A few weeks back I was sent another link for a time-sensitive fundraiser. A former coworker’s son had died at 16 in a tragic swimming accident, and donations were being sought to help cover the burial and funerary expenses. It was a sad reminder of the practical realities of death.
With the average cost of funeral services and internment at about $10,000, few families are able to absorb the expense of modern death, particularly sudden death, which has given rise to crowdfunding requests. Some sites, including Graceful Goodbye and Funeral Fund, have been created specifically to cater to death care expenses.
I am an advocate of, and oft-contributor to, crowdfunding requests. I feel that it is a medium that provides the average Jane or Joe the opportunity to invest in projects that express their passions and interests in a way that most middle-class investment opportunities rarely can. Getting in on the ground floor of a new restaurant, supporting a local art gallery exhibit or rock band recording, or helping launch a great small business idea used to be the realm of the rarified-air-breathing “qualified investors,” those with a cool million or so of “risk-able” money. For the rest of us who find it difficult to figure out if our 401k is sunk in to big oil or Monsanto, crowdfunding provides a straightforward exchange and often has the advantage of instant and long-term gratification – although, rarely, huge financial gains. Crowdfunding “returns on investment” are, usually, mostly intangible -such as gratitude and the not-entirely-vicarious thrill of seeing one’s supported project succeed.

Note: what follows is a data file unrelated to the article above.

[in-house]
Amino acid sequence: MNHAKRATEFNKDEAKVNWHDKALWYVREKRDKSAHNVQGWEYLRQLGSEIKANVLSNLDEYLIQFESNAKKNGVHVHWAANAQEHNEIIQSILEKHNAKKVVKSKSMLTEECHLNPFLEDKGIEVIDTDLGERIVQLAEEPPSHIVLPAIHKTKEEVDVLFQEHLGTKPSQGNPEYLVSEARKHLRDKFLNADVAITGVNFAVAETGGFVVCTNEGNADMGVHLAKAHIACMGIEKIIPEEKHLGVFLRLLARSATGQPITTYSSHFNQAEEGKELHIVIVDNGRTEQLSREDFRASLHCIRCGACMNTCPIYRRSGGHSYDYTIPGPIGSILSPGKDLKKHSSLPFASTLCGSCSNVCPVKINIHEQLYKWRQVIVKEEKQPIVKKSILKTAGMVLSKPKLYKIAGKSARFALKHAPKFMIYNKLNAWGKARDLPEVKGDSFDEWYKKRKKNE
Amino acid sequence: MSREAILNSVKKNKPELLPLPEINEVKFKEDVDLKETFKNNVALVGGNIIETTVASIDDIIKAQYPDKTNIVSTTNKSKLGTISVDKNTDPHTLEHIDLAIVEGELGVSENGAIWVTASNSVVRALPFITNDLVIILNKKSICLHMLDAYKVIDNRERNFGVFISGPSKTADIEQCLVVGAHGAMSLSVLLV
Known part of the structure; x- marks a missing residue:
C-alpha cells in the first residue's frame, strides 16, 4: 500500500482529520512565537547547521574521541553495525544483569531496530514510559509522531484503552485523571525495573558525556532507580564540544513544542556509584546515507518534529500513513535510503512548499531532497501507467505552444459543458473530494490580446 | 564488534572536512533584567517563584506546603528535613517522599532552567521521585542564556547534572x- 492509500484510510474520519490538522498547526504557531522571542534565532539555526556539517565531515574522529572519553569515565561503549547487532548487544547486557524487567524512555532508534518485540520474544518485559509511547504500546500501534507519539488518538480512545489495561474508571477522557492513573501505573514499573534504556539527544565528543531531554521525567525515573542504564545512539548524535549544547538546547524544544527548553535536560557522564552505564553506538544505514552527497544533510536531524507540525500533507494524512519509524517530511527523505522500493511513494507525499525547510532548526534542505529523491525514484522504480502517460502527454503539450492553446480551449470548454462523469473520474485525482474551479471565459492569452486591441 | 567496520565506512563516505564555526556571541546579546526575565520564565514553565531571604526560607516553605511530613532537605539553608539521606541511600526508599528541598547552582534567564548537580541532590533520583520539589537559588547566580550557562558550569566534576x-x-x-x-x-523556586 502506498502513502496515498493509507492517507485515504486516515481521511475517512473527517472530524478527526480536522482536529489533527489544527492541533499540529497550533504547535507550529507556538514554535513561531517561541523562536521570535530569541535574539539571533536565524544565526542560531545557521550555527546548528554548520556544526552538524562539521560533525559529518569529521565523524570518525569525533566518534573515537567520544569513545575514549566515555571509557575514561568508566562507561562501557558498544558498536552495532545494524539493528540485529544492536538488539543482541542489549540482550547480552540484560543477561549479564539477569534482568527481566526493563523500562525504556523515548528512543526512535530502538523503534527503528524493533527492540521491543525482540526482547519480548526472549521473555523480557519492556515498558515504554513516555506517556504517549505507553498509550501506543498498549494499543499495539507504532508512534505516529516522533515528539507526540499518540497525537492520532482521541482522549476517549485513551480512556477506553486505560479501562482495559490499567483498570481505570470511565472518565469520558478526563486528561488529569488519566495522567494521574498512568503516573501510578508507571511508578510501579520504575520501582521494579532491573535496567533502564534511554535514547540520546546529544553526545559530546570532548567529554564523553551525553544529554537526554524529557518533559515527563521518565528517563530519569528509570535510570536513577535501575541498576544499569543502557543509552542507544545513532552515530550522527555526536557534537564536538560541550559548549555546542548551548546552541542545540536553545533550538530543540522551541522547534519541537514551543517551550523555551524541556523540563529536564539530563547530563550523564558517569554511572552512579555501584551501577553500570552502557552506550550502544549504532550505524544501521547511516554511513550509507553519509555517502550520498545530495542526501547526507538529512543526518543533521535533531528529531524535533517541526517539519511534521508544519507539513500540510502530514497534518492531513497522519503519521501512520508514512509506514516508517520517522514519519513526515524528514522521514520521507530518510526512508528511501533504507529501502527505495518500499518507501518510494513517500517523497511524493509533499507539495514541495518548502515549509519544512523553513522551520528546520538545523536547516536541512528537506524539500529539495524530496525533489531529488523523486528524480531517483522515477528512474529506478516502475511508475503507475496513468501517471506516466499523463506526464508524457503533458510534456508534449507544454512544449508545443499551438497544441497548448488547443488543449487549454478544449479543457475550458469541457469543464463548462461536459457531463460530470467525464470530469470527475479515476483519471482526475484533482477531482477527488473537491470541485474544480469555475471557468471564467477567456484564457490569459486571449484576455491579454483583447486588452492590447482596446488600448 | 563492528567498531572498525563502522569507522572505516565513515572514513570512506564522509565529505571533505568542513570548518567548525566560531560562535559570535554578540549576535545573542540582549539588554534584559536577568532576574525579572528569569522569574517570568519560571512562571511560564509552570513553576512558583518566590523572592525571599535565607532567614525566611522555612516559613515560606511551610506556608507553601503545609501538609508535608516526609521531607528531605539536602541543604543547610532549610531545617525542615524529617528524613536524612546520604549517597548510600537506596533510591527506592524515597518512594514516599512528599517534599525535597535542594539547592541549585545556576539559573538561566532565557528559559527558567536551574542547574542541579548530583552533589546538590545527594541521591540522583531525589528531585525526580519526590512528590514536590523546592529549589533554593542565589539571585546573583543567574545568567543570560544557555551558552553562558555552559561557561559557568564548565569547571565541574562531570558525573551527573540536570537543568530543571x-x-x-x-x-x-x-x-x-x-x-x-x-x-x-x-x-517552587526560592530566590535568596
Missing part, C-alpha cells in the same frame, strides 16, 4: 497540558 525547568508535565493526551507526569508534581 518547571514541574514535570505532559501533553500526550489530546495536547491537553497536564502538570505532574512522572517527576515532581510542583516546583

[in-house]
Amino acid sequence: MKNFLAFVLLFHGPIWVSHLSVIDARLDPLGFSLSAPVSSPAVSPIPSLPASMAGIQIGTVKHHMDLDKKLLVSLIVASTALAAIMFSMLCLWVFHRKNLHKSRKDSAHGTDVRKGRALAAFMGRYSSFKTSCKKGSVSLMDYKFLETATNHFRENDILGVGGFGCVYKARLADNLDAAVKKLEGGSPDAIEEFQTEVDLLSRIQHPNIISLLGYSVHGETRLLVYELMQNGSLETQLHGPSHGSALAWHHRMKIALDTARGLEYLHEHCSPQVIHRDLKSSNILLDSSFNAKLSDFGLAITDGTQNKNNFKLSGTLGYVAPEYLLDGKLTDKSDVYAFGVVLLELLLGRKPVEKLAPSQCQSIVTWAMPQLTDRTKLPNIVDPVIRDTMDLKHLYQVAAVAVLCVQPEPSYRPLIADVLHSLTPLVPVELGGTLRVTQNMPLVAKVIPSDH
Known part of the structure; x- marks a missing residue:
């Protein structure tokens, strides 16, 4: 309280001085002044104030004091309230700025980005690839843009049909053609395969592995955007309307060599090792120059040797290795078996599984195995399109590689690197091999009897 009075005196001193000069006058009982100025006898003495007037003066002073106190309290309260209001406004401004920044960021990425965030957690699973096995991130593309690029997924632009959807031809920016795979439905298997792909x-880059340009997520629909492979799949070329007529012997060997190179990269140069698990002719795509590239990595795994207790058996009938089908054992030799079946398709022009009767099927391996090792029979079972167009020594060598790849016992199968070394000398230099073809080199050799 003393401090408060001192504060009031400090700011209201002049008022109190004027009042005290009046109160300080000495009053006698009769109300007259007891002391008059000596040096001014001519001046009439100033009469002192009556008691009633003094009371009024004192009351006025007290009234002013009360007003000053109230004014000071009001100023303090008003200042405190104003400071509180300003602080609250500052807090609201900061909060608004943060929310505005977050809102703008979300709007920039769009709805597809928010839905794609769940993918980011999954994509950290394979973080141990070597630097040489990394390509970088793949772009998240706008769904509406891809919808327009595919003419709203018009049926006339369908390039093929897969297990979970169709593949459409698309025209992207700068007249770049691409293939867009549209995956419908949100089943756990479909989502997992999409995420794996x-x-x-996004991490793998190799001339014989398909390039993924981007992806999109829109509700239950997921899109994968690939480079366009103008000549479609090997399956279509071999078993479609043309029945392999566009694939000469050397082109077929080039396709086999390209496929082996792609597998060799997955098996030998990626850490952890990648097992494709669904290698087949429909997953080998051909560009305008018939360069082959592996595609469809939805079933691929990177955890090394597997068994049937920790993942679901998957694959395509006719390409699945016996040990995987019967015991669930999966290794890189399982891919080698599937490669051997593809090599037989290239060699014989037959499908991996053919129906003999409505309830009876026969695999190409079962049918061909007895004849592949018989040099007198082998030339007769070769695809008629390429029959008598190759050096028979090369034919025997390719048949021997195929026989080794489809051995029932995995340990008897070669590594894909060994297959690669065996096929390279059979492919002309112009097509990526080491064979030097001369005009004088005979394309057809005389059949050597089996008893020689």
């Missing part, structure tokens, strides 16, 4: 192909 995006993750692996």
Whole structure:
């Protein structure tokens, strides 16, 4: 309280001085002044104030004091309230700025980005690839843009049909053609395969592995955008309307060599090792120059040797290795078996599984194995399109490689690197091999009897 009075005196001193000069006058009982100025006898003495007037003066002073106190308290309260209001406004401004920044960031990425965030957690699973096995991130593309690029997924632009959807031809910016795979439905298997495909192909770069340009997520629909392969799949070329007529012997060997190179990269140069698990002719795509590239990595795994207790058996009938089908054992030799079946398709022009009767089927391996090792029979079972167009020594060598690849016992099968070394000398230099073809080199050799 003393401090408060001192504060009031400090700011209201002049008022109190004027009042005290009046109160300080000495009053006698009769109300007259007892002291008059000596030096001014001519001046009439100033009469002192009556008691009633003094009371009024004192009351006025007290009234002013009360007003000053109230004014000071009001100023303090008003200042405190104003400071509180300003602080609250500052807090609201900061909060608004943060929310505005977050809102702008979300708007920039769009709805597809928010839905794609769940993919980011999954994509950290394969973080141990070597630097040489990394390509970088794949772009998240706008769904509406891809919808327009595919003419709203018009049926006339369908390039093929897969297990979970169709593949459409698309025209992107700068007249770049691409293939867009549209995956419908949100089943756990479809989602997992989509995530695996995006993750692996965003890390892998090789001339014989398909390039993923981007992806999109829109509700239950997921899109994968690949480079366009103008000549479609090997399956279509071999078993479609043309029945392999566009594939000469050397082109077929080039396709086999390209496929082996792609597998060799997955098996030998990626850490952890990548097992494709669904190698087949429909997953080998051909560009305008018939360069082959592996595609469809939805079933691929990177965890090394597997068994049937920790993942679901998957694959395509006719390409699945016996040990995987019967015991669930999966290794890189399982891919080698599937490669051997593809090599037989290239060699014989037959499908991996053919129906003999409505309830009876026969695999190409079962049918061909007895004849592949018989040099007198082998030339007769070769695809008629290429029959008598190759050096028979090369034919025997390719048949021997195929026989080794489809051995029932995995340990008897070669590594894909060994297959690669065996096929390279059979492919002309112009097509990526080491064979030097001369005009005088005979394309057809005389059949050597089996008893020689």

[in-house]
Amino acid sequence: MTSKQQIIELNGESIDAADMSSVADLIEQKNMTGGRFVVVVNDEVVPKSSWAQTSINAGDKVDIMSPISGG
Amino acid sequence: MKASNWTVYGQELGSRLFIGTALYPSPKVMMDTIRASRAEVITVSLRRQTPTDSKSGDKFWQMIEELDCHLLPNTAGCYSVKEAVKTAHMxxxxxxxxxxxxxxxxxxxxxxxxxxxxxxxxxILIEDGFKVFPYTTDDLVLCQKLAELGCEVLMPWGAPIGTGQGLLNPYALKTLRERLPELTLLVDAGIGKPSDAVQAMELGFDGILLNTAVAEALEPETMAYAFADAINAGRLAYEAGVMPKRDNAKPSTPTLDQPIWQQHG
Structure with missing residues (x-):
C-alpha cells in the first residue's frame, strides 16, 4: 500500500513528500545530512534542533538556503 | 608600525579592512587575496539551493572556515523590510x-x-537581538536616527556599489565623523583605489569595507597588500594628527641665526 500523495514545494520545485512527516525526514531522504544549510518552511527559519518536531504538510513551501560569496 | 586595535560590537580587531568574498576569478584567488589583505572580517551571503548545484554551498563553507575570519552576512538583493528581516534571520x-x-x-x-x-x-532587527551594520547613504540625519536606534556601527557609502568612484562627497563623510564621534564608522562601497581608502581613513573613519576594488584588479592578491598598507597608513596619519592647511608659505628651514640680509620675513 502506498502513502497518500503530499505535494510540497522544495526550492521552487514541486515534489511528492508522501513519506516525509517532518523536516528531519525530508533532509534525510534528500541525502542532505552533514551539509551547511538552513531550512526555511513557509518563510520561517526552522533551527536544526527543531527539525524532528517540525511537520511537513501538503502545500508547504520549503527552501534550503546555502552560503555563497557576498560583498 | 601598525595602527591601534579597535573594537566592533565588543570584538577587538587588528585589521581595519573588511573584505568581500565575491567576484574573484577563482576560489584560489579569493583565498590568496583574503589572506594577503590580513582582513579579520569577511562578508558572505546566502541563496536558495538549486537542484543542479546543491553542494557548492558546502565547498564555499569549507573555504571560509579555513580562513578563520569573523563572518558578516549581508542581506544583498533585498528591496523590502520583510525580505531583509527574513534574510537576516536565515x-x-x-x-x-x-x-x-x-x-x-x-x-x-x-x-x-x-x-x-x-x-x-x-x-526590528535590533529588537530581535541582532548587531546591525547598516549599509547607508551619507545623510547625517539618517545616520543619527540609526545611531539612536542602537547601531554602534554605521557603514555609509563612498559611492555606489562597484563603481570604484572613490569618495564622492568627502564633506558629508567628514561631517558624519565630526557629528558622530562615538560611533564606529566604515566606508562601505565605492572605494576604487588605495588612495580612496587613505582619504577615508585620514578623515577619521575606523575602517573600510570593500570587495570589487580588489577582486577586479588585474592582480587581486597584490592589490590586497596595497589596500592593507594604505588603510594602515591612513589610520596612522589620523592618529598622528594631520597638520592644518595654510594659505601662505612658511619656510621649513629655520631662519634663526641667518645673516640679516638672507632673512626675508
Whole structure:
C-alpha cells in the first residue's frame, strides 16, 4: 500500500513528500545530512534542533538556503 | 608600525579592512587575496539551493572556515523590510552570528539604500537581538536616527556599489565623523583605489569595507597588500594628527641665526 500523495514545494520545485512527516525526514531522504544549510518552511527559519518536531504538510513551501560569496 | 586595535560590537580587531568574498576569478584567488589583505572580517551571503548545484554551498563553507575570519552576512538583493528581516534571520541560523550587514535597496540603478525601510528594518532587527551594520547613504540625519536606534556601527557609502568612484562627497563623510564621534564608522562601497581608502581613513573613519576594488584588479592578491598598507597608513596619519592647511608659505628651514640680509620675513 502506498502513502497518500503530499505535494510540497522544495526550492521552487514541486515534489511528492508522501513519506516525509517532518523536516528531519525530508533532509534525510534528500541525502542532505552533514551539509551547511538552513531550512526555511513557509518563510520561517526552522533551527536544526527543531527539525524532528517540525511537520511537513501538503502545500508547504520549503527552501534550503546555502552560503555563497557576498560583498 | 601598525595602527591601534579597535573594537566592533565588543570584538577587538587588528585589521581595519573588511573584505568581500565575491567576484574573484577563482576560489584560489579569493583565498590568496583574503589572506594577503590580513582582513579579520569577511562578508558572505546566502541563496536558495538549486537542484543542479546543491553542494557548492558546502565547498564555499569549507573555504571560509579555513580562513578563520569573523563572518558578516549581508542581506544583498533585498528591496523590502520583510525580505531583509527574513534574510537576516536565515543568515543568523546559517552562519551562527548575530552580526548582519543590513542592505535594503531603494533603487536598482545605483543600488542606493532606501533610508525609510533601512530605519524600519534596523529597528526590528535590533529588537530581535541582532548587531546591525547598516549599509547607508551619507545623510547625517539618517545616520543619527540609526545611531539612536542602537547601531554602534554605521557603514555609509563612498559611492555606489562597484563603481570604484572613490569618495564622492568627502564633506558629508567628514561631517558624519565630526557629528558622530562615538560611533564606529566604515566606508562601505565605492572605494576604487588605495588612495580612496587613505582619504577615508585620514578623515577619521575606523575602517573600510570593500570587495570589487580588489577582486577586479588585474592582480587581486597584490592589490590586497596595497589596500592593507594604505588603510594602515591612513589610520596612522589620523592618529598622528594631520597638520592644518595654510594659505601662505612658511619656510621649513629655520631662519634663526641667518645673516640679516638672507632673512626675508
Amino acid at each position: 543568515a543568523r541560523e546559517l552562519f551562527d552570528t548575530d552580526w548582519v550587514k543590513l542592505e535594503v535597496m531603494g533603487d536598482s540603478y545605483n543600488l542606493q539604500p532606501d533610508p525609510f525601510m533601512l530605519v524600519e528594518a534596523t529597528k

Another, often unmentioned, aspect of crowdfunding is its ability to bring attention to causes, issues and concerns that are not being addressed by the status quo. Whether its investing in the exploration of solar roadways, or helping out uninsured folks upon whom tragedy has fallen, crowdfunding “asks” can highlight the cracks in the system and attempts to weave a social safety net and support structures where the free enterprise system and government fail.
Which brings me to a fundamental question – should burials be considered a basic human right and, if so, how should they be financed? Clearly an honorable burial is valued by the military for veterans, for whom they are provided at no cost, but what about every other world citizen? With our identification technology and digital cataloguing/GPS capacity there is no excuse for a nameless “paupers grave” to be the sole option for those without funds, or desire, to support the conventional, environmentally-damaging funeral practices. Why doesn’t our society have a simple, yet dignified, no cost option for all?
I propose that such an opportunity could be created through targeted investments, for vetted non-profit land conservation groups, that are specifically earmarked for the development of natural and/or conservation burial grounds. Hundreds, if not thousands, of green jobs could be created, including local urban wood/reclaimed wood coffin makers, shroud manufacturers, “death midwives” or re-trained green funeral directors, site planners, land managers, and documentarians.
Death care is a $20.7B industry. If even a tenth of that funding was made accessible to support the preservation of open space while providing a no cost burial option to all, hundreds of thousands of acres could be saved or restored, and tens of thousands of families could avoid sinking further into debt in the name of “honoring” their loved ones - instead focusing on their natural grieving process and life celebrations. That’s an investment I’d be willing to make. Time to Indiegogo?